Country and Language
Lithuanian artist Vainius Kubilius remembers exactly where he was is in mid-2017. He travelled around Southeast Asia, got lost in its culturally diverse countries, soaked up some rays in sandy beaches — then was nearly scammed by a Filipino driver.
A year after fueling that wanderlust, Vainius is back in Lithuania where he’s busy running his lamp-crafting business: “Nymphs Workshop”. Though he’s itching to travel again, managing his business continues to be a top priority.
Vainius launched Nymphs for two reasons. One was to challenge the conformity of a 9-to-5 work life. The other was simply to become, well, free.
With technology by his side, Vainius and thousands of individuals are enjoying the freedom the “digital nomad” lifestyle has to offer. They’re a new wave of remote workers and businessmen who are always on the move. They bounce from coffee shops in Thailand to co-working spaces in Barcelona — practically anywhere they wish to go, as long as internet connection is stable.
Before he sets off for another adventure, Vainius gave us a glimpse of this vagabond life. In conversation, he is thoughtful and optimistic, sharing about the challenges of being a lone traveller, his future plans, and why — despite the close brush with danger — he’d visit the Philippines over and over again.
learn: What is Nymphs Workshop about?
Vainius: Nymphs is a small business aimed at providing a gorgeous and interesting way to light up people’s homes. We try to show people that lighting means so much in creating the mood and emotion of the evening and that it can completely transform the feel of an atmosphere.
Our customers are people who enjoy beautiful art, interesting new things and those who do not follow the fashions and established classical styles of interior design.
Where did you get the idea to create lamps out of gourds?
My first lamps were from coconuts. And after a while, I looked for a material that would look prettier and create a better effect. I was searching for fruits that were larger than coconuts and wouldn’t perish.
Then I went online and found these beautiful gourds and ended up using them. I didn’t even know that existed at first since we don’t have them in Lithuania.
All of your creations are handmade — how long does it take to build a single lamp?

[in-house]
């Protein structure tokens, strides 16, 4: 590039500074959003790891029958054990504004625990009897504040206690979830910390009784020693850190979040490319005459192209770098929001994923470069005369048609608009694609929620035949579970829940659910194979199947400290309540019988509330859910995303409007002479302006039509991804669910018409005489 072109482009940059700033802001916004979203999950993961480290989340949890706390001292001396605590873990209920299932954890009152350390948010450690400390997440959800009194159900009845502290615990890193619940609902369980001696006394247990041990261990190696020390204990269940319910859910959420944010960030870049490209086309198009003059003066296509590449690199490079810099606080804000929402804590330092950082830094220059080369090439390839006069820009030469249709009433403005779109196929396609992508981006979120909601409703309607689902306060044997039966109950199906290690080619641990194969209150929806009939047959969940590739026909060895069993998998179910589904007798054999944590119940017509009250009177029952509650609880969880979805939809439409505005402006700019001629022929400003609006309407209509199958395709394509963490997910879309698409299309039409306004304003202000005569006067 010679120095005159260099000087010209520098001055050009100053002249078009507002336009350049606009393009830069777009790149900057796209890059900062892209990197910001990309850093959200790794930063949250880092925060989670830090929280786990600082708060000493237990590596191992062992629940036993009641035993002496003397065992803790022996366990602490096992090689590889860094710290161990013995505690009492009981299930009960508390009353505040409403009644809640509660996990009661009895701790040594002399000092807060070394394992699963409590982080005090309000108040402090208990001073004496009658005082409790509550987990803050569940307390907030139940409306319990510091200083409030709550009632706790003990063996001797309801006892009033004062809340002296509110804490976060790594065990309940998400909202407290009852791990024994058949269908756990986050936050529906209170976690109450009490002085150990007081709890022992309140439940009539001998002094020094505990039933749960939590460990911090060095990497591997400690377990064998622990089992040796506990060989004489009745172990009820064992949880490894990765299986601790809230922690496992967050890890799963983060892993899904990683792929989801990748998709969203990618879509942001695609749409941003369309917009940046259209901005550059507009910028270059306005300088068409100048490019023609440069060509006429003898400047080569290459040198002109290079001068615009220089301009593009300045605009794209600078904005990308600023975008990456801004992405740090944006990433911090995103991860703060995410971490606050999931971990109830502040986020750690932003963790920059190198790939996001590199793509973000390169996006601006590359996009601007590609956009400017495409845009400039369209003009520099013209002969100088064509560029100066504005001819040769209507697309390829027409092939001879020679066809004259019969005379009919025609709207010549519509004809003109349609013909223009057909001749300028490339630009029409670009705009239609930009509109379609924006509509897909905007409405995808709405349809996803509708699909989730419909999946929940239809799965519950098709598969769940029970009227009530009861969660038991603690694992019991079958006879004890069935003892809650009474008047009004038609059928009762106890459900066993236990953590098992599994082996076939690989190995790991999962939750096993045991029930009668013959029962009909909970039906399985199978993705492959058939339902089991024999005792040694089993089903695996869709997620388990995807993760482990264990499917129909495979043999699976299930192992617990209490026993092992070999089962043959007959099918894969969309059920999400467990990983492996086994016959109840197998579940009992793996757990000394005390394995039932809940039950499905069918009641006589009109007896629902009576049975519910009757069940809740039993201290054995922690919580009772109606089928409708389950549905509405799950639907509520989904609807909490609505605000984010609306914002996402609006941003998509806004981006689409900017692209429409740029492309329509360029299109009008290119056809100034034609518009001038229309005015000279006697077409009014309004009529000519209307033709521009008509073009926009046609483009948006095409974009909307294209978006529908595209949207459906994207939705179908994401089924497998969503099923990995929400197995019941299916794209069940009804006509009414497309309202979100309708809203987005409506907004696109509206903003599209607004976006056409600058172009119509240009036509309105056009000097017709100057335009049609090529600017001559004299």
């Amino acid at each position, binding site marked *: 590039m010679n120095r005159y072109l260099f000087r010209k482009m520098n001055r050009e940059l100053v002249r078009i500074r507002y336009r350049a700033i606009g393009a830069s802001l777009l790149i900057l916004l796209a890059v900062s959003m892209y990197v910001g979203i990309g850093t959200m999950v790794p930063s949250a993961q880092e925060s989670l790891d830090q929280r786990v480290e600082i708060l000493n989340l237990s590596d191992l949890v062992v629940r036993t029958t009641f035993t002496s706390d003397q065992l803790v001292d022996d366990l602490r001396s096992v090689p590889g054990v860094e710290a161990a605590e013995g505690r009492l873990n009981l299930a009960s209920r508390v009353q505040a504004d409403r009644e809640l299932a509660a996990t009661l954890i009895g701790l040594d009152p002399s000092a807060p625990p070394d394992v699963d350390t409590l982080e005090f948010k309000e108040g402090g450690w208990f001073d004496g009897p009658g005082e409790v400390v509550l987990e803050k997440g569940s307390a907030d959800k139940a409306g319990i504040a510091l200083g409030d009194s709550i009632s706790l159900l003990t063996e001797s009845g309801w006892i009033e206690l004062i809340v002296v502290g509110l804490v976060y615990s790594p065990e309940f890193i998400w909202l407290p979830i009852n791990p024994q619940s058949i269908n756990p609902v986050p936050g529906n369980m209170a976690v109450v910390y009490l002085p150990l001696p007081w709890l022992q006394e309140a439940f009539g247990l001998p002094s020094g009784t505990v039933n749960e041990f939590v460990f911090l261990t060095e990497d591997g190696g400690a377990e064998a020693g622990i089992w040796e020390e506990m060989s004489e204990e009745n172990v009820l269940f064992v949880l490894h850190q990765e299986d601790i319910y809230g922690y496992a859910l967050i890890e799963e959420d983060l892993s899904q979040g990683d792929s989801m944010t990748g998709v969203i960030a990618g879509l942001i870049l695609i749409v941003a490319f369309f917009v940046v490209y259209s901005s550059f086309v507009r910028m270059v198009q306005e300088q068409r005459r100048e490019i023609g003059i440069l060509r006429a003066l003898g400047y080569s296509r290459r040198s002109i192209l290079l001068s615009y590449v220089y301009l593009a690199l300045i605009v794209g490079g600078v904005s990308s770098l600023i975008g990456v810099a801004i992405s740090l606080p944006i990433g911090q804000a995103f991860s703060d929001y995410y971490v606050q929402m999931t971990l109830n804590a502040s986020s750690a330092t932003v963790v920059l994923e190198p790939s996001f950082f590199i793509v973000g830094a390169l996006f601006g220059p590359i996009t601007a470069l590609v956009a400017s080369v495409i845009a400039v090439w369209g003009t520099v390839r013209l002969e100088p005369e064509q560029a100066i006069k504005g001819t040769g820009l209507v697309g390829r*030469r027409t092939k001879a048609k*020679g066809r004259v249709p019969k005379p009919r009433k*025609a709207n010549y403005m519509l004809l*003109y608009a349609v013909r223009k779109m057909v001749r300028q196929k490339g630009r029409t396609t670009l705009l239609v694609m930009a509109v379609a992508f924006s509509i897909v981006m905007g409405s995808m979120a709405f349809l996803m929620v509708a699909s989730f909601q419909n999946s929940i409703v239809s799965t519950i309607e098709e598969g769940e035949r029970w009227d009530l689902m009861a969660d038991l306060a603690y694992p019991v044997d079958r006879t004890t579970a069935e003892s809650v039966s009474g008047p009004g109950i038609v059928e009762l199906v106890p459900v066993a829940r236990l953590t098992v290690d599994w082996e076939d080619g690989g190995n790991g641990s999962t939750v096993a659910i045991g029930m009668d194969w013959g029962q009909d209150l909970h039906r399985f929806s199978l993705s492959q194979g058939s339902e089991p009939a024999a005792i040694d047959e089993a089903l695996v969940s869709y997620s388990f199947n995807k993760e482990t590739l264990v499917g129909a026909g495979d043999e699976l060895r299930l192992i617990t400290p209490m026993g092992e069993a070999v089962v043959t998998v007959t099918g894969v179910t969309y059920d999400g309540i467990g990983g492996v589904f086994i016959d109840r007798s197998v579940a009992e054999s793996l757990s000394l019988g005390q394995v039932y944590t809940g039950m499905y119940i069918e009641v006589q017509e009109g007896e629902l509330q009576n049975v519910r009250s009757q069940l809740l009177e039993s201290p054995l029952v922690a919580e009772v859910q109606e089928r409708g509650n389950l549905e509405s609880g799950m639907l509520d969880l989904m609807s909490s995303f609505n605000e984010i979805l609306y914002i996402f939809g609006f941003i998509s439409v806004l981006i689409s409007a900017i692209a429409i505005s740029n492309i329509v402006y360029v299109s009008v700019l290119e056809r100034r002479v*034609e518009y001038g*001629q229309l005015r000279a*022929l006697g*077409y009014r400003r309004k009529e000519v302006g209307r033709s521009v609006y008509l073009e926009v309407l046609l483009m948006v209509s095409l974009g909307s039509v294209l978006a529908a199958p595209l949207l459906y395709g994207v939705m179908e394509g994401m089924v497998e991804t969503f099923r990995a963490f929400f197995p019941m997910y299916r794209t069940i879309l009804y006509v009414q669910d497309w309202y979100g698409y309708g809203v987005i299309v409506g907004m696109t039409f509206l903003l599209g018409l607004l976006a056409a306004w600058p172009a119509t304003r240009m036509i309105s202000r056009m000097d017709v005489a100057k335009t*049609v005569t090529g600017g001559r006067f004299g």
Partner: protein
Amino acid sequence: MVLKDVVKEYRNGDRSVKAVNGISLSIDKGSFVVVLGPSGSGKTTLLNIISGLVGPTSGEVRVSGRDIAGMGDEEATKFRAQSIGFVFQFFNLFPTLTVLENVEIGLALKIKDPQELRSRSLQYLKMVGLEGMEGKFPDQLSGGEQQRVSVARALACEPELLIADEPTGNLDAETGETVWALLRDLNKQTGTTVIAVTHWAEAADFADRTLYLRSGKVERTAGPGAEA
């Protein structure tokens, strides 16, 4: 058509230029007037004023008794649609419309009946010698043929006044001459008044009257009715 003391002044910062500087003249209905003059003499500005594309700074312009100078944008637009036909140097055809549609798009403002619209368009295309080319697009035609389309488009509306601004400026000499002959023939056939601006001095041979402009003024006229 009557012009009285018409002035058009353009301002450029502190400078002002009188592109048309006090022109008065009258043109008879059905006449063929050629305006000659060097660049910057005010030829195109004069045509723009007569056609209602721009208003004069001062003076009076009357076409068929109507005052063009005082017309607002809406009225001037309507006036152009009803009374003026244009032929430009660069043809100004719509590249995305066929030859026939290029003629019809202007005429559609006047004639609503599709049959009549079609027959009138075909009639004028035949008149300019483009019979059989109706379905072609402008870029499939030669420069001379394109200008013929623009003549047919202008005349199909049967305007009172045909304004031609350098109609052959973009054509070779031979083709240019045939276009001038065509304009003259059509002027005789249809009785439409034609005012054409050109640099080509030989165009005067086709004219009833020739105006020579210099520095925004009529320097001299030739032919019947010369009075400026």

Two days, together with the crafting and electronics.
How did you get the funds to start your business?
I used my own money to create three or four lamps. After selling them, I raised enough money to build around eight lamps. There was very little funding at the start but I managed to grow it over the years.
Where do you get the most orders?
In North America. It should be a surprise because Americans buy a lot online. My lamps are also pretty expensive, so they sell more in economically stable countries.
There’s an interactive map on your website that lights up wherever a lamp is sold. Has any country surprised you?
I never thought I’d reach South Africa, New Zealand, or China!
Nymphs Workshop has grown over the years. What are your tips on building a business?
If possible, partner up with somebody.
Every one of us, when we have an idea, we get motivated by it. After a while — when people realize how long it takes to achieve their goals — they give up.
Having a partner prevents that since you end up motivating each other. You work equally as hard and get to distribute each task.
You see, you can end up wearing many hats when running a business. You work as an accountant, you become your own supply manager, and you’re a marketing specialist, too. Having a partner to split the work with makes it a lot easier.
Did you partner with anyone when setting up Nymphs Workshop?
Creating lamps is a very small community — not a lot of people do it. So when you find a person with the same interests, you keep contact and maybe help each other along the way.
I emailed a Polish artist and after a while, we met up. He gives me new ideas and tips and I do the same. I couldn’t achieve so much without him actually.
Do you run similar businesses?
Our businesses are a little different. He creates three or four lamps that take a month each to make. It is such a beautiful work of art that he sells it for tens of thousands of dollars. He’s like the Banksy of handcrafted lamps.
Me, I’m more of a manufacturer. I still create my own lamps, but the ideas are sometimes copied from my previous works.
Let’s talk about you as a digital nomad — someone who travels the world and earns a living through remote work or businesses. What made you choose this lifestyle?